The 'Pieces De Resistance, the best of the best, begin with the elegant "Allegro Moderato" and the fiery non-stop "Tarantella" movement of Stravinsky's "Suite Italienne" which is beautifully played by Mullova and Labeque in this work that continued Stravinsky's elaboration on the Commedia delArte "Pulcinella" character, originally in his famous opera. Schubert's "Fantasie" gets a very elegant reading with the duo showing their great familiarity with this marvelous piece: this version is played with 'relaxed intensity' and splendid pacing and has become my favorite version. In their blazing interpretation of Ravel's wonderful expression of the 20th Century, the "Sonata for Violin and Piano in G Major", the "Perpetuum mobile" movement captures the frenetic pace of the century and surprisingly near the end we hear echos of "Rhapsody in Blue" by George Gershwin, a close friend whom Ravel greatly admired. "The Blues" movement is another great expression of Ravel's desire to use some of the popular music forms of the times and Mullova is marvelous in her soulful arco passages and her pizzicato cadences against Labeque's declarative bluesy phrases. And finally a stupendous, very emotional reading of Clara Schumann's "Romanze for Violin and Piano", especially the mid-performance low note crescendo of Mullova's violin, which closes out the recital. In all, a totally enjoyable vituoso recital by this wonderfully empathetic musical duo and it deserves My Highest Recommendation. Five ENJOYABLE Stars!!

(This review is based on an iTunes download. BTW, Labeque's name is misspelled in the product hyperlink.)
2 of 2 people found the following review helpful
The Schubert Fantasy is the stand-out in this rather short, off-kilter recital 21 April 2010
By Santa Fe Listener - Published on Amazon.com
Format: Audio CD
This impressive CD follows up on several similar recitals made for Philips before Mullova switched to Onyx. As an artist-driven label, Onyx has attracted star talent and offers them good sound as well as greater liberty over what they want to play. I'm not sure that Mullova puts her best foot forward in Stravinsky's witty Suite Italienne, adapted from Pulcinella. When set for cello, the transcription has a droll mournfulness missing form the violin version. Also, Mullova's talent, deep as it is, doesn't extend to humor, and tis is a rather plain-faced reading, not to mention that the music itself is slight.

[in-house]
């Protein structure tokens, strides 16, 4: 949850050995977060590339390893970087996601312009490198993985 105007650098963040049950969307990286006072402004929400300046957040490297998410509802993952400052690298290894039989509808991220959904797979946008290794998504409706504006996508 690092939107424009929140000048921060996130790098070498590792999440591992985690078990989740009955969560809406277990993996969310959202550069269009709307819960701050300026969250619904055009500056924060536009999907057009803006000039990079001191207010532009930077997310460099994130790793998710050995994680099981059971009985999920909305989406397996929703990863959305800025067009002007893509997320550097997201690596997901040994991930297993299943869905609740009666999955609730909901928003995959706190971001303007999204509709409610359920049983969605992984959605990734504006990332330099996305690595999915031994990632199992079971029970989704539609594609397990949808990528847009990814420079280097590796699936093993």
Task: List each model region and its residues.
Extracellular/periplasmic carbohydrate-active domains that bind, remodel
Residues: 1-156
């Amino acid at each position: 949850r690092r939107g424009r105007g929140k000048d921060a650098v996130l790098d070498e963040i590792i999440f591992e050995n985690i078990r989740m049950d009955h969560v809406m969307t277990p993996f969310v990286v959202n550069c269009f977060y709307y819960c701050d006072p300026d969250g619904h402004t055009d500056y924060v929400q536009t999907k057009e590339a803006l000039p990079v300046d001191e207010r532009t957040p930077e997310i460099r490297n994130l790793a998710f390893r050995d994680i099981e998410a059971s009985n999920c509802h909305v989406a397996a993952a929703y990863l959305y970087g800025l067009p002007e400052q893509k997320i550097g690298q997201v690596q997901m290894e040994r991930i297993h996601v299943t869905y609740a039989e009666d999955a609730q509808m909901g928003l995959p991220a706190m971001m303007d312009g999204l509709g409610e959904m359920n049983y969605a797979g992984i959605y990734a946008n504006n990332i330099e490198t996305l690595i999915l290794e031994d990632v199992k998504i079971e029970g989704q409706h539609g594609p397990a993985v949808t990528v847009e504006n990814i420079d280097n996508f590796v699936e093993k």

The next work, however, is an undoubted masterpiece, and she is quite impressive. Schubert's late Fantasy in CD doesn't call upon any Paganini-like fireworks; it's often so simple that it can be played by a reasonably adept student. But its mood is enigmatic and requires all the subtlety a musician can bring to it. Especially lovely is the third movement, the longest, which is a set of variations on the haunting song "Sei mir gegrusst," expressive of joy and melancholy finely merging. Of the three versions that I know (the other two being Gideon Kremer's and Isaac Stern's), this one is the most mysterious and nuanced. Mullova's partner, Katia Labque of the duo piano sisters, plays with surprising finesse. The Fantasy seems to arrive from another world, with the violin keening a long melody while the piano part ripples with rewnikia. The simplicity of the writing calls forth from Mullova an inward-looking reading that I found captivating.

Very early in her career Mullova recorded the Ravel Sonata in G, which must be a favorite. It's a piquant work that hides a soul beneath apparent frivolity, as was Ravel's wont. The first movement is like a shimmering moto perpetuo with a second theme close to Debussy. the second movement, marked 'Blues,' begins with doublte-stopped pizzicatos and moves into a Stephane Grappelli-like jazz mode out of a cabaret; the piano imitates a tom-tom drum but soon finds its own angular jazz dance. The third movement is actually marked Perpetuum mobile and sounds like Flight of the Bumblebee taking a detour into Paris. The program ends with a two-minute Romanze by Clara Schumann that is a Rosetti lyric set to music; more a page from a remembrance book than anything substantial.

At just over 52 min., this isn't a generous offering, and the only two works I cared about were the Schubert and the Ravel. Even so, Mullova's is effortless in its accomplished artistry.
2 of 2 people found the following review helpful
Everything but the audience 11 May 2012
By P. Mander - Published on Amazon.com